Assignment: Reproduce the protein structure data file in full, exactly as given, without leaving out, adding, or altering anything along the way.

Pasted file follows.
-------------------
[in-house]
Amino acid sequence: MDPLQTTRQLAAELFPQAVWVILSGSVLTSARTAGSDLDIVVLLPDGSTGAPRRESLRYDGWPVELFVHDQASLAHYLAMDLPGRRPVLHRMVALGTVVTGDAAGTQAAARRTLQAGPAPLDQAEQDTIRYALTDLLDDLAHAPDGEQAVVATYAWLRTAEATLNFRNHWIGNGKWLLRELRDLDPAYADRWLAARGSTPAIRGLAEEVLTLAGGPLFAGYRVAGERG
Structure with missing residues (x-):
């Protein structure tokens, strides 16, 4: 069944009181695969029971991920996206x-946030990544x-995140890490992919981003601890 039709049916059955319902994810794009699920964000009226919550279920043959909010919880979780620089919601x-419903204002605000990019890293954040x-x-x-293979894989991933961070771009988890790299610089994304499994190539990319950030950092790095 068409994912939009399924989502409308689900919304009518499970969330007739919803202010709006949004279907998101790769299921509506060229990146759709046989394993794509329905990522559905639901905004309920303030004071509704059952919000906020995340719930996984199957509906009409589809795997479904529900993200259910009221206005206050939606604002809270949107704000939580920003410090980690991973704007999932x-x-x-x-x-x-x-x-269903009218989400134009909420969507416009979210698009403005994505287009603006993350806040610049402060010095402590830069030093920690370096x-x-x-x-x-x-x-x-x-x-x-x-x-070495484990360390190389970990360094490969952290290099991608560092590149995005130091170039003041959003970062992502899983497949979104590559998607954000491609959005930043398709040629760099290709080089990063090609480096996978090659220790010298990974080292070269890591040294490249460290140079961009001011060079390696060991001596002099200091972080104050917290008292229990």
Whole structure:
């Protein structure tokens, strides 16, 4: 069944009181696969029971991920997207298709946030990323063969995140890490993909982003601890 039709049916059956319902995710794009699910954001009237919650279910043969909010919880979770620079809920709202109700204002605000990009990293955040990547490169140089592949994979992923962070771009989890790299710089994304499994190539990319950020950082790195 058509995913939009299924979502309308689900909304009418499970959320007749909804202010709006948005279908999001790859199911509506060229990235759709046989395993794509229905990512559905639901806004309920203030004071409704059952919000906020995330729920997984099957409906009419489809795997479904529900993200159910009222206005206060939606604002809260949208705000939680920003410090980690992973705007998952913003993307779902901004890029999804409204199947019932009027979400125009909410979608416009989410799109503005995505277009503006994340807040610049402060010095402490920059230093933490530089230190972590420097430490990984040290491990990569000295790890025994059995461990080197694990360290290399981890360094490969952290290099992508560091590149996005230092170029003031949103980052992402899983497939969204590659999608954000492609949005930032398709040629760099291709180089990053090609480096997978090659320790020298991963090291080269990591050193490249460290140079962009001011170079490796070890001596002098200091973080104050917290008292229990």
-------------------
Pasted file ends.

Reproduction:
[in-house]
Amino acid sequence: MDPLQTTRQLAAELFPQAVWVILSGSVLTSARTAGSDLDIVVLLPDGSTGAPRRESLRYDGWPVELFVHDQASLAHYLAMDLPGRRPVLHRMVALGTVVTGDAAGTQAAARRTLQAGPAPLDQAEQDTIRYALTDLLDDLAHAPDGEQAVVATYAWLRTAEATLNFRNHWIGNGKWLLRELRDLDPAYADRWLAARGSTPAIRGLAEEVLTLAGGPLFAGYRVAGERG
Structure with missing residues (x-):
């Protein structure tokens, strides 16, 4: 069944009181695969029971991920996206x-946030990544x-995140890490992919981003601890 039709049916059955319902994810794009699920964000009226919550279920043959909010919880979780620089919601x-419903204002605000990019890293954040x-x-x-293979894989991933961070771009988890790299610089994304499994190539990319950030950092790095 068409994912939009399924989502409308689900919304009518499970969330007739919803202010709006949004279907998101790769299921509506060229990146759709046989394993794509329905990522559905639901905004309920303030004071509704059952919000906020995340719930996984199957509906009409589809795997479904529900993200259910009221206005206050939606604002809270949107704000939580920003410090980690991973704007999932x-x-x-x-x-x-x-x-269903009218989400134009909420969507416009979210698009403005994505287009603006993350806040610049402060010095402590830069030093920690370096x-x-x-x-x-x-x-x-x-x-x-x-x-070495484990360390190389970990360094490969952290290099991608560092590149995005130091170039003041959003970062992502899983497949979104590559998607954000491609959005930043398709040629760099290709080089990063090609480096996978090659220790010298990974080292070269890591040294490249460290140079961009001011060079390696060991001596002099200091972080104050917290008292229990």
Whole structure:
């Protein structure tokens, strides 16, 4: 069944009181696969029971991920997207298709946030990323063969995140890490993909982003601890 039709049916059956319902995710794009699910954001009237919650279910043969909010919880979770620079809920709202109700204002605000990009990293955040990547490169140089592949994979992923962070771009989890790299710089994304499994190539990319950020950082790195 058509995913939009299924979502309308689900909304009418499970959320007749909804202010709006948005279908999001790859199911509506060229990235759709046989395993794509229905990512559905639901806004309920203030004071409704059952919000906020995330729920997984099957409906009419489809795997479904529900993200159910009222206005206060939606604002809260949208705000939680920003410090980690992973705007998952913003993307779902901004890029999804409204199947019932009027979400125009909410979608416009989410799109503005995505277009503006994340807040610049402060010095402490920059230093933490530089230190972590420097430490990984040290491990990569000295790890025994059995461990080197694990360290290399981890360094490969952290290099992508560091590149996005230092170029003031949103980052992402899983497939969204590659999608954000492609949005930032398709040629760099291709180089990053090609480096997978090659320790020298991963090291080269990591050193490249460290140079962009001011170079490796070890001596002098200091973080104050917290008292229990």